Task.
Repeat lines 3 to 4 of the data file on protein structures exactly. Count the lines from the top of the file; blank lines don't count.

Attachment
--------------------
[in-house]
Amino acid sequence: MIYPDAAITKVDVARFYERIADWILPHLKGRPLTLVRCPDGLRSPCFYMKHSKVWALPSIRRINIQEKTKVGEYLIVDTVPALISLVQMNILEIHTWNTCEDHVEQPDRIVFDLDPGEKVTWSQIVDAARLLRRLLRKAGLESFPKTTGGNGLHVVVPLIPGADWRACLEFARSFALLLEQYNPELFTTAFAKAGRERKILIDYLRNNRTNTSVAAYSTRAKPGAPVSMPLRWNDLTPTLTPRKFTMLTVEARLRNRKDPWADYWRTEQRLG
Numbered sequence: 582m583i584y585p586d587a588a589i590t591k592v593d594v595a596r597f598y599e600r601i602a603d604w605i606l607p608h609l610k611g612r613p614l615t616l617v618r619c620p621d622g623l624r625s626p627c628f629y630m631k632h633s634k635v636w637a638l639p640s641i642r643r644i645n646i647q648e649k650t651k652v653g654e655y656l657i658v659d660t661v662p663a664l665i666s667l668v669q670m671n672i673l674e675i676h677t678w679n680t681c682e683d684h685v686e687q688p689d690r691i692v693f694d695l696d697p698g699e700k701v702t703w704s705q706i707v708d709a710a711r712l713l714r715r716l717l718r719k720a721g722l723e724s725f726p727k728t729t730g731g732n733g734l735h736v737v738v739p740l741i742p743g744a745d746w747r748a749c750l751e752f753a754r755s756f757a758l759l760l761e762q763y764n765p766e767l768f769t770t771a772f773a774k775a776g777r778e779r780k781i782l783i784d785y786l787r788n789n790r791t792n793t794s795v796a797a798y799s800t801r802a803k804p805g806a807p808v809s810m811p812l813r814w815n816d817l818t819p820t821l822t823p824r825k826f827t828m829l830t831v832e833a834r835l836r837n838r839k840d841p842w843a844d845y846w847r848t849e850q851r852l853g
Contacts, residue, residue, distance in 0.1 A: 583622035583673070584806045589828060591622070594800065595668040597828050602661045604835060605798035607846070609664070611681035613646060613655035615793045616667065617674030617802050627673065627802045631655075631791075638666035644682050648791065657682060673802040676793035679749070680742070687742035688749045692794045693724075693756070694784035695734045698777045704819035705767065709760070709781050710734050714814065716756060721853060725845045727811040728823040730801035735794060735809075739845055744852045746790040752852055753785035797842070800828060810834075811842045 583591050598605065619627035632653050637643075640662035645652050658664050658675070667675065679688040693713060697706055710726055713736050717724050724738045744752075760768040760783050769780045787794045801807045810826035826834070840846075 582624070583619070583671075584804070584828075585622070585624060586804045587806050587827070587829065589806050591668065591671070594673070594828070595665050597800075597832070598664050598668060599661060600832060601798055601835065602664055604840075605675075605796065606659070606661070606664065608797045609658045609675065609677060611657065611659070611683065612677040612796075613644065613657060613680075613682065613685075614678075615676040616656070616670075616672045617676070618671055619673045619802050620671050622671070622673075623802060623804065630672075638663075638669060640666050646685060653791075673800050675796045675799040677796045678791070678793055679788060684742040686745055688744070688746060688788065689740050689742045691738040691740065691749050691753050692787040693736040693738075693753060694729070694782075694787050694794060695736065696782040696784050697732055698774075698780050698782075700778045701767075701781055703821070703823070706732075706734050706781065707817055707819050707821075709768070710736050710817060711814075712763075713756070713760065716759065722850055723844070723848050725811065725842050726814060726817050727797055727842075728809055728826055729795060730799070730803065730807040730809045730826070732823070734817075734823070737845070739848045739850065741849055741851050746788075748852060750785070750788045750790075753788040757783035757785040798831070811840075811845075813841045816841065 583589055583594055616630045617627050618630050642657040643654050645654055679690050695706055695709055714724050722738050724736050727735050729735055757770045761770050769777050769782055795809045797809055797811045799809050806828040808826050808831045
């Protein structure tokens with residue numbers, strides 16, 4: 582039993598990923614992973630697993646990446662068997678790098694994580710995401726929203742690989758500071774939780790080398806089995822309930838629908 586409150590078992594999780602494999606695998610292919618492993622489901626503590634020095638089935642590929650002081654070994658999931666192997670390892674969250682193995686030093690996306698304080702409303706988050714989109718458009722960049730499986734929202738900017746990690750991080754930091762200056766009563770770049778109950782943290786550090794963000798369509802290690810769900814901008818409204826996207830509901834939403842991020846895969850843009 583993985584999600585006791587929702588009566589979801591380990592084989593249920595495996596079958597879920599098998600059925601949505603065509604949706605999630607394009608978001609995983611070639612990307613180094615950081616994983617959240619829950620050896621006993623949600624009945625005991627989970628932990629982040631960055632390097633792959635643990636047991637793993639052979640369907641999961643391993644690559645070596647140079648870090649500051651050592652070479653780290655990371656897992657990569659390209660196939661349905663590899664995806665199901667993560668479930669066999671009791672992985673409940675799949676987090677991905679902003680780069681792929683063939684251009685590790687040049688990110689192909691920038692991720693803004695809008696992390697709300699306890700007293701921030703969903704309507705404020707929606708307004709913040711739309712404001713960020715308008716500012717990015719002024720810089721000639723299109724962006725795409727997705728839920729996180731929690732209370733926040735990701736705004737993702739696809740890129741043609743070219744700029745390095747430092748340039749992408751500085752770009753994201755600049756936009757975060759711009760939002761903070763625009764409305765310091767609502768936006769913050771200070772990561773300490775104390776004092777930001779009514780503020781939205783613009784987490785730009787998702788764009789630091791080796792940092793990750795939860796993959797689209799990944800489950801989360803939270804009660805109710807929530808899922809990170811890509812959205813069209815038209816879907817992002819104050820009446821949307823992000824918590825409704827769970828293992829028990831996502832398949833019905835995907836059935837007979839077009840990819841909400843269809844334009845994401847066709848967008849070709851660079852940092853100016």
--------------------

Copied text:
Numbered sequence: 582m583i584y585p586d587a588a589i590t591k592v593d594v595a596r597f598y599e600r601i602a603d604w605i606l607p608h609l610k611g612r613p614l615t616l617v618r619c620p621d622g623l624r625s626p627c628f629y630m631k632h633s634k635v636w637a638l639p640s641i642r643r644i645n646i647q648e649k650t651k652v653g654e655y656l657i658v659d660t661v662p663a664l665i666s667l668v669q670m671n672i673l674e675i676h677t678w679n680t681c682e683d684h685v686e687q688p689d690r691i692v693f694d695l696d697p698g699e700k701v702t703w704s705q706i707v708d709a710a711r712l713l714r715r716l717l718r719k720a721g722l723e724s725f726p727k728t729t730g731g732n733g734l735h736v737v738v739p740l741i742p743g744a745d746w747r748a749c750l751e752f753a754r755s756f757a758l759l760l761e762q763y764n765p766e767l768f769t770t771a772f773a774k775a776g777r778e779r780k781i782l783i784d785y786l787r788n789n790r791t792n793t794s795v796a797a798y799s800t801r802a803k804p805g806a807p808v809s810m811p812l813r814w815n816d817l818t819p820t821l822t823p824r825k826f827t828m829l830t831v832e833a834r835l836r837n838r839k840d841p842w843a844d845y846w847r848t849e850q851r852l853g
Contacts, residue, residue, distance in 0.1 A: 583622035583673070584806045589828060591622070594800065595668040597828050602661045604835060605798035607846070609664070611681035613646060613655035615793045616667065617674030617802050627673065627802045631655075631791075638666035644682050648791065657682060673802040676793035679749070680742070687742035688749045692794045693724075693756070694784035695734045698777045704819035705767065709760070709781050710734050714814065716756060721853060725845045727811040728823040730801035735794060735809075739845055744852045746790040752852055753785035797842070800828060810834075811842045 583591050598605065619627035632653050637643075640662035645652050658664050658675070667675065679688040693713060697706055710726055713736050717724050724738045744752075760768040760783050769780045787794045801807045810826035826834070840846075 582624070583619070583671075584804070584828075585622070585624060586804045587806050587827070587829065589806050591668065591671070594673070594828070595665050597800075597832070598664050598668060599661060600832060601798055601835065602664055604840075605675075605796065606659070606661070606664065608797045609658045609675065609677060611657065611659070611683065612677040612796075613644065613657060613680075613682065613685075614678075615676040616656070616670075616672045617676070618671055619673045619802050620671050622671070622673075623802060623804065630672075638663075638669060640666050646685060653791075673800050675796045675799040677796045678791070678793055679788060684742040686745055688744070688746060688788065689740050689742045691738040691740065691749050691753050692787040693736040693738075693753060694729070694782075694787050694794060695736065696782040696784050697732055698774075698780050698782075700778045701767075701781055703821070703823070706732075706734050706781065707817055707819050707821075709768070710736050710817060711814075712763075713756070713760065716759065722850055723844070723848050725811065725842050726814060726817050727797055727842075728809055728826055729795060730799070730803065730807040730809045730826070732823070734817075734823070737845070739848045739850065741849055741851050746788075748852060750785070750788045750790075753788040757783035757785040798831070811840075811845075813841045816841065 583589055583594055616630045617627050618630050642657040643654050645654055679690050695706055695709055714724050722738050724736050727735050729735055757770045761770050769777050769782055795809045797809055797811045799809050806828040808826050808831045